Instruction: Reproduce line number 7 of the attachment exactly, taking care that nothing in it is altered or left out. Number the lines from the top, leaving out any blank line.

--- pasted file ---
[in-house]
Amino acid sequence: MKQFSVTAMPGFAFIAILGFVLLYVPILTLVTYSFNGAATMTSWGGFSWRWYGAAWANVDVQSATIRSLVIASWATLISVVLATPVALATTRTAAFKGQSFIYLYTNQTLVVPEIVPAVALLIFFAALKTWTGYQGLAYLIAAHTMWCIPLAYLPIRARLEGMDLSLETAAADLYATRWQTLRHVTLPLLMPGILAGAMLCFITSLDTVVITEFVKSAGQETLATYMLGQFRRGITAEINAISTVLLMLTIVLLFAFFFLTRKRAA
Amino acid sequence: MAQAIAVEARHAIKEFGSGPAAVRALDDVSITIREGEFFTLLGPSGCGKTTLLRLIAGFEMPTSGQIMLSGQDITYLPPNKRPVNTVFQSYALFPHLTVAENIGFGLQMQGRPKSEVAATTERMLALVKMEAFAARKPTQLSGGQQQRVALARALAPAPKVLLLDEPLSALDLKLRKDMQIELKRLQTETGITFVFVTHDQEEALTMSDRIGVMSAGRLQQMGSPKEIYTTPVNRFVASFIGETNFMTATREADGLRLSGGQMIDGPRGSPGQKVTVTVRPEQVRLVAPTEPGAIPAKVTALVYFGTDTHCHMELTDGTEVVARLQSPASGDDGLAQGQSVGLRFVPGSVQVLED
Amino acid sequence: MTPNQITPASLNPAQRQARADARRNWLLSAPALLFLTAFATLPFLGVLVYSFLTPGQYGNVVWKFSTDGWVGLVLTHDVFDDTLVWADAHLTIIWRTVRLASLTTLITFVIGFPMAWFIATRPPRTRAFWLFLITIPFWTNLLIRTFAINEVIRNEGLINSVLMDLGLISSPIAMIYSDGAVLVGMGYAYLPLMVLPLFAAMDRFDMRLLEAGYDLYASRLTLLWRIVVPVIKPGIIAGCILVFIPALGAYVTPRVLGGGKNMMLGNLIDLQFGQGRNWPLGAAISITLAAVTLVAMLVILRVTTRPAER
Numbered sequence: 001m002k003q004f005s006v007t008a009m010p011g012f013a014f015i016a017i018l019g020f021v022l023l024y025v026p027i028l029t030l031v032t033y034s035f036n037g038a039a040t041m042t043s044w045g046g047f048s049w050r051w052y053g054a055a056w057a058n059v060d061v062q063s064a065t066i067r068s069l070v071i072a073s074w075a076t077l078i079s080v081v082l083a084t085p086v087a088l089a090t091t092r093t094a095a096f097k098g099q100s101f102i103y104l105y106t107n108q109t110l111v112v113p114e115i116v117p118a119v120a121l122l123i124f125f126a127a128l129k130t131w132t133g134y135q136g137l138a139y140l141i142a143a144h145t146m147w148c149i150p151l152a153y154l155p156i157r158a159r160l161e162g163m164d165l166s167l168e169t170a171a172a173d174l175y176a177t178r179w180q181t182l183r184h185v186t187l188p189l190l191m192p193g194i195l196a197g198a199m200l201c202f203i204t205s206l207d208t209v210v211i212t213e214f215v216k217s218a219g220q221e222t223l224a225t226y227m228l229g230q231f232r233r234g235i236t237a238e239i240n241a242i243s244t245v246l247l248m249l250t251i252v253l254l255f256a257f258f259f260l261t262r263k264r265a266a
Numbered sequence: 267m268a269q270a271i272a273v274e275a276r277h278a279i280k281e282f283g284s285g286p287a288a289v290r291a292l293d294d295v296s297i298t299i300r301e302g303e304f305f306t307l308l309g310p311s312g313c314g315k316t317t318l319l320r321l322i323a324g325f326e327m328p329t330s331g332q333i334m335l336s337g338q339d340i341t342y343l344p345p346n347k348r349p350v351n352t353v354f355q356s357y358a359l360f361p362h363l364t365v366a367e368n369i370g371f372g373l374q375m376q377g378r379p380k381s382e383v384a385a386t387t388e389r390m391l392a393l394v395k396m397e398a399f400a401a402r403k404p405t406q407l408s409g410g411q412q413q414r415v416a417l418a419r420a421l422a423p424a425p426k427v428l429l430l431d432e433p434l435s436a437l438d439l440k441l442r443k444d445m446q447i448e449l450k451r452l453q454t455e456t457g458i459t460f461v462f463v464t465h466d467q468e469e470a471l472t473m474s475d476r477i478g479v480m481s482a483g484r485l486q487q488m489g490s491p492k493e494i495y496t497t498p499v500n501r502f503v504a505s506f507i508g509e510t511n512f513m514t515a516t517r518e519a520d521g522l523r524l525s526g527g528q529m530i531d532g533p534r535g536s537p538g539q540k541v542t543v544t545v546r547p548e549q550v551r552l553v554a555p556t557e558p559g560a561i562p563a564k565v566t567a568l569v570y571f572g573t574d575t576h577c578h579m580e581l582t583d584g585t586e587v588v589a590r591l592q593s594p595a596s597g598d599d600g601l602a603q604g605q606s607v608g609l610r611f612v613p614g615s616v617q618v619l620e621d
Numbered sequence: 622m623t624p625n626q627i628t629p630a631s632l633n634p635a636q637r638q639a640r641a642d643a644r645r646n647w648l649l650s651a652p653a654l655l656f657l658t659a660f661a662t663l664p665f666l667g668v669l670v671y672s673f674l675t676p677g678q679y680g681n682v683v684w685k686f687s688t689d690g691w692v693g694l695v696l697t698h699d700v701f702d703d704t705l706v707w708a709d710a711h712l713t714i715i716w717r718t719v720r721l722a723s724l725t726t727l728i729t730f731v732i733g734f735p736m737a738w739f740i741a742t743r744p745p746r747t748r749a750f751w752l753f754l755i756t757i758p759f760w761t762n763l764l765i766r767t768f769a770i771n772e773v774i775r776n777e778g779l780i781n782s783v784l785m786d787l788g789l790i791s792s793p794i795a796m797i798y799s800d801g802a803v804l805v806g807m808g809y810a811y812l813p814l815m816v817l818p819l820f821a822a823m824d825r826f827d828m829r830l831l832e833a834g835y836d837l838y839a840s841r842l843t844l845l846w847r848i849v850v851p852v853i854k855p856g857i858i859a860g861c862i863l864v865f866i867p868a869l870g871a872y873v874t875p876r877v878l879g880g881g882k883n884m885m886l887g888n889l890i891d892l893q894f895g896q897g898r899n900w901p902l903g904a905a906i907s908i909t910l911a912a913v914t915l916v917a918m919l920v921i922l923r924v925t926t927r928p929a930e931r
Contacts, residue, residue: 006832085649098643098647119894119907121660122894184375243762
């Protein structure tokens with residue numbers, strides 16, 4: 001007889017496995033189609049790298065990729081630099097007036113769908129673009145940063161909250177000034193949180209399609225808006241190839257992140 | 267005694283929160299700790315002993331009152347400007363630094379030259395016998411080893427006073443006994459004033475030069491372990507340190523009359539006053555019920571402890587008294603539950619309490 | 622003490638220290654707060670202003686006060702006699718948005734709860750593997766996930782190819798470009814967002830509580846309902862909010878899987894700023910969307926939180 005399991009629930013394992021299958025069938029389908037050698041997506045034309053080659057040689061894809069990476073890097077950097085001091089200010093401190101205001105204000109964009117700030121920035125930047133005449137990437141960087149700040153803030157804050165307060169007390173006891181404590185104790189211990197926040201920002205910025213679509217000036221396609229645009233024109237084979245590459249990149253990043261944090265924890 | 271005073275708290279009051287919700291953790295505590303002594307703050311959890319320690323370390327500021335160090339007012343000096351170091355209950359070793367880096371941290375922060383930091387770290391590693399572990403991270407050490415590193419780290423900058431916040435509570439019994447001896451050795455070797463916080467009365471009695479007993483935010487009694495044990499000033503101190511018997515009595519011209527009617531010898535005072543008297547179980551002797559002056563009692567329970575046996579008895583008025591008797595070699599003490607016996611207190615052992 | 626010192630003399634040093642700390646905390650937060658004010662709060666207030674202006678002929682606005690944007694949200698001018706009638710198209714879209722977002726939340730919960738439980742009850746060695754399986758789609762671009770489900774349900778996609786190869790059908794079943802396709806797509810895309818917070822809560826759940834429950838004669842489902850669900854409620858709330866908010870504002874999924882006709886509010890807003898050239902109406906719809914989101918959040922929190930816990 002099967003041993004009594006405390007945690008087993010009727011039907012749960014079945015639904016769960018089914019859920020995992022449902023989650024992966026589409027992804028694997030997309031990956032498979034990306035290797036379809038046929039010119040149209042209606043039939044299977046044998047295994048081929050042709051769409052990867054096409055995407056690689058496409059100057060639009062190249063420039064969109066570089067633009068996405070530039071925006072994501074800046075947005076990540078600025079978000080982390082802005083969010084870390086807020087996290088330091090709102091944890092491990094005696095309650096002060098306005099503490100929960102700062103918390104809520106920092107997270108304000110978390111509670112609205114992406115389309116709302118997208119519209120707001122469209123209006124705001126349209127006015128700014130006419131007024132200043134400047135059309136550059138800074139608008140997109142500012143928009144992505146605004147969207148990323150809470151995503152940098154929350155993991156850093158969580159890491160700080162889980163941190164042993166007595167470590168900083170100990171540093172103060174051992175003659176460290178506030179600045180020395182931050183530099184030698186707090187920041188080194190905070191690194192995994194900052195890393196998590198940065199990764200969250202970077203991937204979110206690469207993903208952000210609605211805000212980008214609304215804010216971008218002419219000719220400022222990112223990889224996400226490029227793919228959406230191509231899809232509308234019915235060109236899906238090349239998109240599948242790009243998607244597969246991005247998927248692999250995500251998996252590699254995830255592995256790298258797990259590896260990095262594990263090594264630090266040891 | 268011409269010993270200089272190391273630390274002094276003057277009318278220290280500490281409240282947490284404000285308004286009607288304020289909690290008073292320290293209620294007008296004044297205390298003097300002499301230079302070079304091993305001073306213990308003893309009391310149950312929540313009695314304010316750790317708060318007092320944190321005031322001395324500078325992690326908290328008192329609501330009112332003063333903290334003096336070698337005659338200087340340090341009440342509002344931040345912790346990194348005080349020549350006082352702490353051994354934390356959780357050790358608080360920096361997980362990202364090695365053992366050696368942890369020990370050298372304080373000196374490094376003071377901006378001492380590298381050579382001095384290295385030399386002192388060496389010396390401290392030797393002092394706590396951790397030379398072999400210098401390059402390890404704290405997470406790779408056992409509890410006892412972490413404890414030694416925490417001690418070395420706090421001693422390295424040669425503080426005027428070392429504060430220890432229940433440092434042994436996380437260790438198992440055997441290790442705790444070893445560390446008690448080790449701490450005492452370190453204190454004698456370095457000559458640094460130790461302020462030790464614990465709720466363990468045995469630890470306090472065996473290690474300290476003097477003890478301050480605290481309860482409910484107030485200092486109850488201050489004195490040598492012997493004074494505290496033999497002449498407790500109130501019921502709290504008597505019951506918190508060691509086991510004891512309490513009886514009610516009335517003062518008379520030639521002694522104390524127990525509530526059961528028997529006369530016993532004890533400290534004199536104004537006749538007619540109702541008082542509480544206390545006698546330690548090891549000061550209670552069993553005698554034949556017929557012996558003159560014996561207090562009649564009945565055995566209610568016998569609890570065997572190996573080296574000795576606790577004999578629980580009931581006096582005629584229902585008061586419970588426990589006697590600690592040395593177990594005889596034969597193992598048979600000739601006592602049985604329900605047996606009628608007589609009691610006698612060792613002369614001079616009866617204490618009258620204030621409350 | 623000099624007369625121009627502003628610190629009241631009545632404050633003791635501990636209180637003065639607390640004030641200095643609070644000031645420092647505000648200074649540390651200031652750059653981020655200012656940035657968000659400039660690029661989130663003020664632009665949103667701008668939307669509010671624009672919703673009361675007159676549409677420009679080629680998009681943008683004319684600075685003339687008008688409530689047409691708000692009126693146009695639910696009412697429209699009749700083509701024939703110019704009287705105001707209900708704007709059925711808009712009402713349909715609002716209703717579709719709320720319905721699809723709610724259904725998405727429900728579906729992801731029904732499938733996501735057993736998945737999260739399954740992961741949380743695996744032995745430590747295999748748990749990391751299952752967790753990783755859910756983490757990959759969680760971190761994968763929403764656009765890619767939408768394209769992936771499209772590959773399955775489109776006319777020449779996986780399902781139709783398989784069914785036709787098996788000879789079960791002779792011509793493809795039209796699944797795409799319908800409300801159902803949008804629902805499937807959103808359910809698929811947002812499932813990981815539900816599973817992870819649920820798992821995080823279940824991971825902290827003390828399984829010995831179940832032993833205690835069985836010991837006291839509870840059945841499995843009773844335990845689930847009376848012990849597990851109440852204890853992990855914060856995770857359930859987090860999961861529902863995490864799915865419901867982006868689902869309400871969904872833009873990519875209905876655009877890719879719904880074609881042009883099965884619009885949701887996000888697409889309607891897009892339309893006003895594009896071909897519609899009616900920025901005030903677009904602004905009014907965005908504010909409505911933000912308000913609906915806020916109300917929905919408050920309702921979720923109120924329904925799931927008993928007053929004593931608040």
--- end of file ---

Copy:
Numbered sequence: 622m623t624p625n626q627i628t629p630a631s632l633n634p635a636q637r638q639a640r641a642d643a644r645r646n647w648l649l650s651a652p653a654l655l656f657l658t659a660f661a662t663l664p665f666l667g668v669l670v671y672s673f674l675t676p677g678q679y680g681n682v683v684w685k686f687s688t689d690g691w692v693g694l695v696l697t698h699d700v701f702d703d704t705l706v707w708a709d710a711h712l713t714i715i716w717r718t719v720r721l722a723s724l725t726t727l728i729t730f731v732i733g734f735p736m737a738w739f740i741a742t743r744p745p746r747t748r749a750f751w752l753f754l755i756t757i758p759f760w761t762n763l764l765i766r767t768f769a770i771n772e773v774i775r776n777e778g779l780i781n782s783v784l785m786d787l788g789l790i791s792s793p794i795a796m797i798y799s800d801g802a803v804l805v806g807m808g809y810a811y812l813p814l815m816v817l818p819l820f821a822a823m824d825r826f827d828m829r830l831l832e833a834g835y836d837l838y839a840s841r842l843t844l845l846w847r848i849v850v851p852v853i854k855p856g857i858i859a860g861c862i863l864v865f866i867p868a869l870g871a872y873v874t875p876r877v878l879g880g881g882k883n884m885m886l887g888n889l890i891d892l893q894f895g896q897g898r899n900w901p902l903g904a905a906i907s908i909t910l911a912a913v914t915l916v917a918m919l920v921i922l923r924v925t926t927r928p929a930e931r